New York Times - Music
14 minutes
New York Times - Music
15 minutes
New York Times - Music
23 minutes
New York Times - Arts
23 minutes
New York Times - Arts
23 minutes
New York Times - Arts
35 minutes
New York Times - Music
an hour
New York Times - Music
an hour
Library of Congress
an hour
The Brownies' Book was created by founders of the National Association for the Advancement of Colored People, ( NAACP ), among them, Du Bois. Hired as the group's director of publicity and research with the primary duty of editing the NAACP's monthly magazine The Crisis , Du Bois went on to launch and edit the serial aimed at youngsters. This publication was created in whole by black artists and authors and featured poetry, literature, biographies of successful black people, music, games, plays, and current events. Du Bois himself wrote the column As the Crow Flies. Many authors got their starts contributing to this magazine, including Langston Hughes. Du Bois was a man of great conviction and valued education above all else. He particularly advocated for education in the arts, as he felt such schooling could lift one above his or her current station in life.
Mashable
an hour
New York Times - Music
an hour
BBC News - Top Stories
an hour
New York Times - Music
an hour
Mashable
an hour
Rihanna just outdid the King of Pop. RiRi and Michael Jackson were tied with 29 Billboard Hot 100 singles each, but now, "Love on the Brain," is her 30th song to earn the distinction . The only artists still ahead of Rihanna are formidable opponents Madonna with 38 and the Beatles with 34. It's a pretty good birthday present for the singer, who turned 29 yesterday and received the less cool gift of a Drake thirst Instagram . SEE ALSO: These 10 classic bangers that all turn 10 in 2017 In honor of all her hard work, work, work, work, work, Here are 30 celebratory Rihanna GIFs to commemorate the accomplishment Read more... More about Music Charts , Michael Jackson , Pop Star , Rihanna , and Entertainment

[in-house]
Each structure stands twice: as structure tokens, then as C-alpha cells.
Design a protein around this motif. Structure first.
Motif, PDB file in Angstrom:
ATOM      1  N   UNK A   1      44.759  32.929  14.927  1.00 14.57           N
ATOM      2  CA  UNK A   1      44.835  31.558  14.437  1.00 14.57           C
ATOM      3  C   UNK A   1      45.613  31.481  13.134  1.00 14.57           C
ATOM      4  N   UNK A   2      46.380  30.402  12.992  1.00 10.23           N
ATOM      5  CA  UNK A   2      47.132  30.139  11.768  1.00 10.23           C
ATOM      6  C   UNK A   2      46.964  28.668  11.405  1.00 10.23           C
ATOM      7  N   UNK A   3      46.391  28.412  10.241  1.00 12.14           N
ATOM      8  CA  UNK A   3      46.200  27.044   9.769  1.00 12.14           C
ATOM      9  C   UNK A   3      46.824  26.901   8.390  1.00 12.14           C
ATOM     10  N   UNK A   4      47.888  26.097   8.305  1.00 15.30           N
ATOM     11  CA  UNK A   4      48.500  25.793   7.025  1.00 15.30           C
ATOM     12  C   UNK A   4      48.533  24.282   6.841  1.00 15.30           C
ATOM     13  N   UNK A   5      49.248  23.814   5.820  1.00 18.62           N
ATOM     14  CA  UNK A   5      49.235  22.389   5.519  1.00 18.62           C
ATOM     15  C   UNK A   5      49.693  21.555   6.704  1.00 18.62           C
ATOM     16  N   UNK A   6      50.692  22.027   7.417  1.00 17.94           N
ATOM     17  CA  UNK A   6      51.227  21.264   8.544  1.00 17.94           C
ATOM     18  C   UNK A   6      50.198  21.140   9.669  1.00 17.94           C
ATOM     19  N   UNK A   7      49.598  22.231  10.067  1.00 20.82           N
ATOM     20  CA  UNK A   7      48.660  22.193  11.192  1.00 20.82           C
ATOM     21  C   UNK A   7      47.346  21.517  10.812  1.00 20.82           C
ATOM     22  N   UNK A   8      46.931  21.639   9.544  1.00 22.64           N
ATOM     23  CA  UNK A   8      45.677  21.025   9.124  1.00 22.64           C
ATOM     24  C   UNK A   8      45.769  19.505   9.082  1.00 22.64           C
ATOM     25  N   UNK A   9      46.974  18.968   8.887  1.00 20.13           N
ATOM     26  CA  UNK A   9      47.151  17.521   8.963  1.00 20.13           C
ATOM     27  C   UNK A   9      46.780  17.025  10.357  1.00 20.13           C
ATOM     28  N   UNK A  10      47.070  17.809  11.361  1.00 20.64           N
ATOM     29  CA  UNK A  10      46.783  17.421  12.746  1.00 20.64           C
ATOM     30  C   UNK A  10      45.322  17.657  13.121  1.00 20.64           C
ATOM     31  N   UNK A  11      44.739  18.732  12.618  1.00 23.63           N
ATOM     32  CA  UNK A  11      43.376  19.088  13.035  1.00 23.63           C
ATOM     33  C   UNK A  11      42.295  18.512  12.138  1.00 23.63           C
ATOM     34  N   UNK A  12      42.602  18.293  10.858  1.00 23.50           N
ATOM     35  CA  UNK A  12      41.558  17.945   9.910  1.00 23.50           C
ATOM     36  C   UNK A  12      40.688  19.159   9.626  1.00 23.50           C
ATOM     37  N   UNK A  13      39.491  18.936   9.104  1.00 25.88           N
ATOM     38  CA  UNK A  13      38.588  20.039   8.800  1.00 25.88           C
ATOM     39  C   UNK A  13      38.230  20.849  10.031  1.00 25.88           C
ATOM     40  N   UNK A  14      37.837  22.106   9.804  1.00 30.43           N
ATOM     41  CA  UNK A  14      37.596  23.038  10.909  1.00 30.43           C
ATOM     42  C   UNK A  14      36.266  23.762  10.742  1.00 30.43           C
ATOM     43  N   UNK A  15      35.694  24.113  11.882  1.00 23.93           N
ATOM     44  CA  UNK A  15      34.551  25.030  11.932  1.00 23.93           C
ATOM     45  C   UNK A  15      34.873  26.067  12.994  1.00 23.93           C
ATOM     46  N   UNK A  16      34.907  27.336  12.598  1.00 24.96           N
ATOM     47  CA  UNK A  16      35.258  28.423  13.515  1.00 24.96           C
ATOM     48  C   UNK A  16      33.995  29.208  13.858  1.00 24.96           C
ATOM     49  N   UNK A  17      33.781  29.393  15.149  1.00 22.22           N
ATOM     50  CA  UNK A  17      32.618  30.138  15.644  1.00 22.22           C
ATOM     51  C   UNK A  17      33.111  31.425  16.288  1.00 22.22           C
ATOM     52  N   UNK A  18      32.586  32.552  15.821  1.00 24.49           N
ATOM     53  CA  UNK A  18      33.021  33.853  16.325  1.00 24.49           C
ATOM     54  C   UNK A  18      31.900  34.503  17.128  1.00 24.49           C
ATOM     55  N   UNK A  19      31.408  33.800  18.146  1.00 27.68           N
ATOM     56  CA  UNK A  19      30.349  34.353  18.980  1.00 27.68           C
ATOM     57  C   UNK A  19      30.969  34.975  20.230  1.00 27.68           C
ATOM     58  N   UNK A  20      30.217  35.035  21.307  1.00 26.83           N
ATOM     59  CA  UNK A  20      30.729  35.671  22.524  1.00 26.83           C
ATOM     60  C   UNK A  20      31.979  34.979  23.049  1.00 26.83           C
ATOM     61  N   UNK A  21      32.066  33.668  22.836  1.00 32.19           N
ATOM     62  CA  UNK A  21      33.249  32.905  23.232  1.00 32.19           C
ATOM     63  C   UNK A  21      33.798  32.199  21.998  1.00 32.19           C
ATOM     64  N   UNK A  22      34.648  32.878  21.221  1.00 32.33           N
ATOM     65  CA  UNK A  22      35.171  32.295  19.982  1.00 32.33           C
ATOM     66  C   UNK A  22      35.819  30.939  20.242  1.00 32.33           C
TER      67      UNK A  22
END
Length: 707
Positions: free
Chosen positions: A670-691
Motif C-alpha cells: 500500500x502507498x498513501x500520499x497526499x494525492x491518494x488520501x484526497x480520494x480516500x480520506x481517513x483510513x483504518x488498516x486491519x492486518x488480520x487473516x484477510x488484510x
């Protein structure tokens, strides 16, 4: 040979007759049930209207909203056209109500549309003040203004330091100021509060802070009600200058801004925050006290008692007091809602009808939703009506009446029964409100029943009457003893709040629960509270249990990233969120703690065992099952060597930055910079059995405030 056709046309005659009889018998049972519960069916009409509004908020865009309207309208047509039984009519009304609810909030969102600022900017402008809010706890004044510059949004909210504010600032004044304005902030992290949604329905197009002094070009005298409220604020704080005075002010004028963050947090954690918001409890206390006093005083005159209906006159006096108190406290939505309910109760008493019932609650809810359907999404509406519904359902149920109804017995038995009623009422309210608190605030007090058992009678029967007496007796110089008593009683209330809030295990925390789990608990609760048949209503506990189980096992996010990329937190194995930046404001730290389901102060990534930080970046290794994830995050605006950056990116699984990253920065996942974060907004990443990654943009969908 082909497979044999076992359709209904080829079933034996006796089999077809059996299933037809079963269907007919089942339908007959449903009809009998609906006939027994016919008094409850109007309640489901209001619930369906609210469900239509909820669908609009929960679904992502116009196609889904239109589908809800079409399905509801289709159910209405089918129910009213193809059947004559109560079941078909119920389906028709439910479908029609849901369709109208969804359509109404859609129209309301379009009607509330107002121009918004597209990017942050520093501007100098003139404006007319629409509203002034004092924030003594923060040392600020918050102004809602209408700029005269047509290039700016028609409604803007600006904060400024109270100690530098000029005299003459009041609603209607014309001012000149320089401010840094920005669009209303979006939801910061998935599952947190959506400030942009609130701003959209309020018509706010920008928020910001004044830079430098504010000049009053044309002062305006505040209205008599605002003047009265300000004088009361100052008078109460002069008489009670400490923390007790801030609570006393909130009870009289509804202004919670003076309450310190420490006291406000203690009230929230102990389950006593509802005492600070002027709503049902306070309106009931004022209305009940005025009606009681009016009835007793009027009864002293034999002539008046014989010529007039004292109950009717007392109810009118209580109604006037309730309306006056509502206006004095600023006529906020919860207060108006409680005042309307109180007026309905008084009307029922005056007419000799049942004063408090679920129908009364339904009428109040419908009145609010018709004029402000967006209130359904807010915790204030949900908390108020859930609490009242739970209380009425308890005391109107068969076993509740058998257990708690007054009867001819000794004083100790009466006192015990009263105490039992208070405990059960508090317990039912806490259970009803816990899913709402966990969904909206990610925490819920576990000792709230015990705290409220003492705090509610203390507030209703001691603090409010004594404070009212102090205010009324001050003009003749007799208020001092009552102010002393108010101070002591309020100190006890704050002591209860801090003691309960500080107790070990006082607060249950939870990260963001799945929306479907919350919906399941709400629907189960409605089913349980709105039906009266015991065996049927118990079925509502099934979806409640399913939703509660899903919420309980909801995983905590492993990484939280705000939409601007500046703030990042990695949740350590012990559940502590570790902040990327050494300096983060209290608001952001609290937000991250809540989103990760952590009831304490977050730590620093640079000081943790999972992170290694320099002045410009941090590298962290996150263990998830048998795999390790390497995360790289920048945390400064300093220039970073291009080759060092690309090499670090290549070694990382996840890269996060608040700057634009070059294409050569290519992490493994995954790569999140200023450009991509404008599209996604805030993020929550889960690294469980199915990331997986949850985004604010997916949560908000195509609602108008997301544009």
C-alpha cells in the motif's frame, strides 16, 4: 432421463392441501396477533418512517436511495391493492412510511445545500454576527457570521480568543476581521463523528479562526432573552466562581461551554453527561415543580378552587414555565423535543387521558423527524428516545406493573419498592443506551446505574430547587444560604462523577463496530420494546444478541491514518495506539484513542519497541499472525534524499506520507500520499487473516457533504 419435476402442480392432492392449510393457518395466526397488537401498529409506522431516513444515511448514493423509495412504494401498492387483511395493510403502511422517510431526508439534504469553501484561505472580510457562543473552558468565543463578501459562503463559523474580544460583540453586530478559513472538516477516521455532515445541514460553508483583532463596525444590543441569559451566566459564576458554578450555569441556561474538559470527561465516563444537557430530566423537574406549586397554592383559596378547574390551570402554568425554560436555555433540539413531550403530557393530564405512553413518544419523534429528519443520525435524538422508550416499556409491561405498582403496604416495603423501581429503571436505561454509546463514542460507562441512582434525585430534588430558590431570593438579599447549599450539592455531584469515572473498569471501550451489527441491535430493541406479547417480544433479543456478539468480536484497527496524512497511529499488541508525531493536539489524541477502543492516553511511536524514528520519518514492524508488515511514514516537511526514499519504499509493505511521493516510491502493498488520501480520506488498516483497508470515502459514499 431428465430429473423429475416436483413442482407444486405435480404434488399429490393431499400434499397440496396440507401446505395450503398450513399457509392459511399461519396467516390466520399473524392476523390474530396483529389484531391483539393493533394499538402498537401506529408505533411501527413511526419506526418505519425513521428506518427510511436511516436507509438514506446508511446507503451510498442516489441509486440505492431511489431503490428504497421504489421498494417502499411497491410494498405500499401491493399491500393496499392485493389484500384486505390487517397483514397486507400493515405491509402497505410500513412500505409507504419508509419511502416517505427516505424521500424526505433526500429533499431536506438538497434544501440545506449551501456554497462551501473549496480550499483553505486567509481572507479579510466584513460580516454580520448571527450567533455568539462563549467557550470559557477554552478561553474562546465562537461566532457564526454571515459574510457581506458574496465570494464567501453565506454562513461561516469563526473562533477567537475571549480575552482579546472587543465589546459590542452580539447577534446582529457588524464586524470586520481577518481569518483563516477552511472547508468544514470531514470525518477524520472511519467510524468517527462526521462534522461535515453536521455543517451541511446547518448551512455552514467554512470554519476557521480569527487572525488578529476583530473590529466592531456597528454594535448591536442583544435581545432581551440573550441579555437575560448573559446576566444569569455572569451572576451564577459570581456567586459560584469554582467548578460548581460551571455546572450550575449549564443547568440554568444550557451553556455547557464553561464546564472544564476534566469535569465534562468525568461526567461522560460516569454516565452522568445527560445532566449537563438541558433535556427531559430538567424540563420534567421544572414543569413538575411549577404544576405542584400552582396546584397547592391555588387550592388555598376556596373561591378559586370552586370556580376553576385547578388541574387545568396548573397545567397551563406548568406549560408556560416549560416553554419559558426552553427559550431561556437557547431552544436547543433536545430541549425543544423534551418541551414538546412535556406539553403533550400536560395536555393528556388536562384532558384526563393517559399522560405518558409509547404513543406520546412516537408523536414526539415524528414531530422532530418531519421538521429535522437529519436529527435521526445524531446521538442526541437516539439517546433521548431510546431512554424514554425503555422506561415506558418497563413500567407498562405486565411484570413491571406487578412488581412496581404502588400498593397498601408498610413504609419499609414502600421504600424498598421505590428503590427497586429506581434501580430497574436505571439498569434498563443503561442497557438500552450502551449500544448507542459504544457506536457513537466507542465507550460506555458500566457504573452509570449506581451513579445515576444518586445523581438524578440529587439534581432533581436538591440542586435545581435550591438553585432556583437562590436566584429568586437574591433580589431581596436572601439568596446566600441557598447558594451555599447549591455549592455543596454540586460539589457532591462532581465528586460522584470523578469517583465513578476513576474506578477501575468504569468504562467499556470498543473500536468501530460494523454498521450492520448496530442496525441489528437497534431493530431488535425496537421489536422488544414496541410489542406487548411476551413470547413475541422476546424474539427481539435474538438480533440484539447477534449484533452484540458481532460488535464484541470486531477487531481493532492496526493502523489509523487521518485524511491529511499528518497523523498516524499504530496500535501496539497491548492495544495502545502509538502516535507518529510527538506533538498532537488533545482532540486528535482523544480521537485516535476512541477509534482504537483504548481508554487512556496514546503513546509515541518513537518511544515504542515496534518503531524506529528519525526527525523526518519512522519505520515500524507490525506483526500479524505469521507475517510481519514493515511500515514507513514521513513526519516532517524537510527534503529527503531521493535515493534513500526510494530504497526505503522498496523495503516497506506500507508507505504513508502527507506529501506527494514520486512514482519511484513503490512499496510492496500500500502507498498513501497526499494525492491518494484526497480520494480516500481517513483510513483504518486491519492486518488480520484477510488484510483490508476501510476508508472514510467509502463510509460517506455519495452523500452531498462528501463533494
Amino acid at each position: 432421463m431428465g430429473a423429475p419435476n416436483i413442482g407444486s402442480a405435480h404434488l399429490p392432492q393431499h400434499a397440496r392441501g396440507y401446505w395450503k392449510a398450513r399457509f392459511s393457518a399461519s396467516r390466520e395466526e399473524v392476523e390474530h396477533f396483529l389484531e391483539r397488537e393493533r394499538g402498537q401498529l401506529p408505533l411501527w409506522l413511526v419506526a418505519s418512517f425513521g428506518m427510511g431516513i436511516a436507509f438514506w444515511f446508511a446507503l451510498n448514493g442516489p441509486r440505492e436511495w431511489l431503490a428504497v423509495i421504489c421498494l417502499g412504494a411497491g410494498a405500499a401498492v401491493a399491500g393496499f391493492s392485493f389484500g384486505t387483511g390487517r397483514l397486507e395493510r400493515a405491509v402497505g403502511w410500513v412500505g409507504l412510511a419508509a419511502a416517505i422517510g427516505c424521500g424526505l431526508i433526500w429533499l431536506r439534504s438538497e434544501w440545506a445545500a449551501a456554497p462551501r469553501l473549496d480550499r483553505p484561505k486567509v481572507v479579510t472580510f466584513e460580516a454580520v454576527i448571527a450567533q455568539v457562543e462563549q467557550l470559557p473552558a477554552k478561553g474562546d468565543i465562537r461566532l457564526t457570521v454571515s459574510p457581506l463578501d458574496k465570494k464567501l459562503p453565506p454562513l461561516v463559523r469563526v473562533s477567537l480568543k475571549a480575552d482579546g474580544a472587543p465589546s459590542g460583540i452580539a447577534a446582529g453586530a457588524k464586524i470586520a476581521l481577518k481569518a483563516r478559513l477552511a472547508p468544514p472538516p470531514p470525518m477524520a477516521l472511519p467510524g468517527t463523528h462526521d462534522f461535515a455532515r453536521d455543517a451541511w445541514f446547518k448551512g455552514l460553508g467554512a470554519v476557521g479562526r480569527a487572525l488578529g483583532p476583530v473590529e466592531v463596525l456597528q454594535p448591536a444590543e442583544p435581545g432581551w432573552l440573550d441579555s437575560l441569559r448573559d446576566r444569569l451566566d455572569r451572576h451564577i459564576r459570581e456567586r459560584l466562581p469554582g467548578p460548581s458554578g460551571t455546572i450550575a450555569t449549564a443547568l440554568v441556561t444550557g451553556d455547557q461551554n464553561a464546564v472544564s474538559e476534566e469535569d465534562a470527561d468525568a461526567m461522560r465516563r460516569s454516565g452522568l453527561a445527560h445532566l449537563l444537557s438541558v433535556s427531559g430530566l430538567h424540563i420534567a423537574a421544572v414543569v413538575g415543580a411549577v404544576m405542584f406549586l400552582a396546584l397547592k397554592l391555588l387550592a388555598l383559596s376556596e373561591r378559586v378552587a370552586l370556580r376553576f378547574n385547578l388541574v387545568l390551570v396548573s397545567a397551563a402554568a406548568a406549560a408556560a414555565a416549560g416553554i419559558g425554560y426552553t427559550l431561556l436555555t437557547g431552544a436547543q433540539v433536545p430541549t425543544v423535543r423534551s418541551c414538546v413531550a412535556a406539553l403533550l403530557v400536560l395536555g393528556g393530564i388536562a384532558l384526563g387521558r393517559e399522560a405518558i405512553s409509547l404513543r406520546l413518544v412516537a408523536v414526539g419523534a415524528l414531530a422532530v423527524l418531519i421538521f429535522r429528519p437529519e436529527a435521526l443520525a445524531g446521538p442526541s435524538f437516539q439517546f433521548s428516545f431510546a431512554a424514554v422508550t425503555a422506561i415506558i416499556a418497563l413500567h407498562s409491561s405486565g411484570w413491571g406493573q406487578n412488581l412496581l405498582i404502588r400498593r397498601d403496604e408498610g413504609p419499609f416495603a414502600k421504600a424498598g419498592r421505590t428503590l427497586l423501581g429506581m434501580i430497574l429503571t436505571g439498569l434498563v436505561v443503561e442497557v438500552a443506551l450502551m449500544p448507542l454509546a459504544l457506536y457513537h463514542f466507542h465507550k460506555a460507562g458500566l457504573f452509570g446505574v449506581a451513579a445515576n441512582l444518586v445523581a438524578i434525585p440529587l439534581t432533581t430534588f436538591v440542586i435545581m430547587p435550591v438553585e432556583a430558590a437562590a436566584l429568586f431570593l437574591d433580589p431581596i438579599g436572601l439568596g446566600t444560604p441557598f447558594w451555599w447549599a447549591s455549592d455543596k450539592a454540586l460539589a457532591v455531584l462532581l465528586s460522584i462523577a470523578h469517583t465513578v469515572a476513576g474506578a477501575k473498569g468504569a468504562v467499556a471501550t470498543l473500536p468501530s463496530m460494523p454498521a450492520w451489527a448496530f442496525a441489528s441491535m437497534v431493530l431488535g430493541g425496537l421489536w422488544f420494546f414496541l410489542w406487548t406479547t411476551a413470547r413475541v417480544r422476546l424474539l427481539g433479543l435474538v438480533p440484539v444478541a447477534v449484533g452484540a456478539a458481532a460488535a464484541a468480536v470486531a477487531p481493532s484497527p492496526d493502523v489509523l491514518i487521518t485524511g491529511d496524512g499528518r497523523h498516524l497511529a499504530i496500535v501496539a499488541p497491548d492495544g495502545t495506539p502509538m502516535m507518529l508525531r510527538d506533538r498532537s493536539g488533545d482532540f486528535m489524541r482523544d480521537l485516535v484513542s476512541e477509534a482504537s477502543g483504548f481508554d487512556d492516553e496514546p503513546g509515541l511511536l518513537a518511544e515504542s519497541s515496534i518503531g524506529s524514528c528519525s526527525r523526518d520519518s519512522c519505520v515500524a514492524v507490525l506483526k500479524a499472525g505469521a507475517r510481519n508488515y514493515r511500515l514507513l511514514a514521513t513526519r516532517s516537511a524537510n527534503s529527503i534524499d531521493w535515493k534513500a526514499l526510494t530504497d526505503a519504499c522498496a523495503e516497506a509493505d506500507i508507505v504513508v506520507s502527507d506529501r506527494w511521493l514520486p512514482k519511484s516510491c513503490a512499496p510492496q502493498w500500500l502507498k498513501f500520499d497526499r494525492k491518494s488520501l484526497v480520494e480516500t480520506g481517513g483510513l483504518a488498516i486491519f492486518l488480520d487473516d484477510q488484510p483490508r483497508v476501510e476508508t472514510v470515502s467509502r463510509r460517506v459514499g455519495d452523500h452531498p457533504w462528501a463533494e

New York Times - Arts
2 hours
New York Times - Arts
2 hours
Plymouth Herald
2 hours
MacRumors
2 hours
iPhone owners in the United States spent an average of 40 on premium apps and in-app purchases on each of their devices in 2016, according to new data shared by analytics company Sensor Tower. That's up from an average of 35 in 2015. Unsurprisingly, most iPhone users are spending their money on games. 80 percent of U.S. App Store revenue in 2016 was generated by games, and on average, iPhone users spent 27 on game-related content. Spending on apps in the entertainment category - such as Netflix and Hulu - was at 2.30 on average, compared to 1.00 in 2015, perhaps due to Netflix starting to offer in-app subscription options at the end of 2015. According to Sensor Tower, Netflix contributed over 58 million in gross revenue to the entertainment category in 2016, up from 7.9 million in 2015. Average spending on music also rose slightly in 2016, from 3.
Beijing Bulletin
2 hours
Beijing Bulletin
2 hours
Beijing Bulletin
2 hours
Beijing Bulletin
2 hours
A Nashville-based chain will open at the former home of J. Buck's in downtown St. Louis. Tin Roof, a live music venue and bar, will open this spring at 1000 Clark Ave. The brand has 13 locations arou
Beijing Bulletin
2 hours
Beijing Bulletin
2 hours
Music producer Nile Rodgers has told of the heart-breaking moment he learned George Michael had died via a news alert on his phone, while he was waiting for a text message from the singer.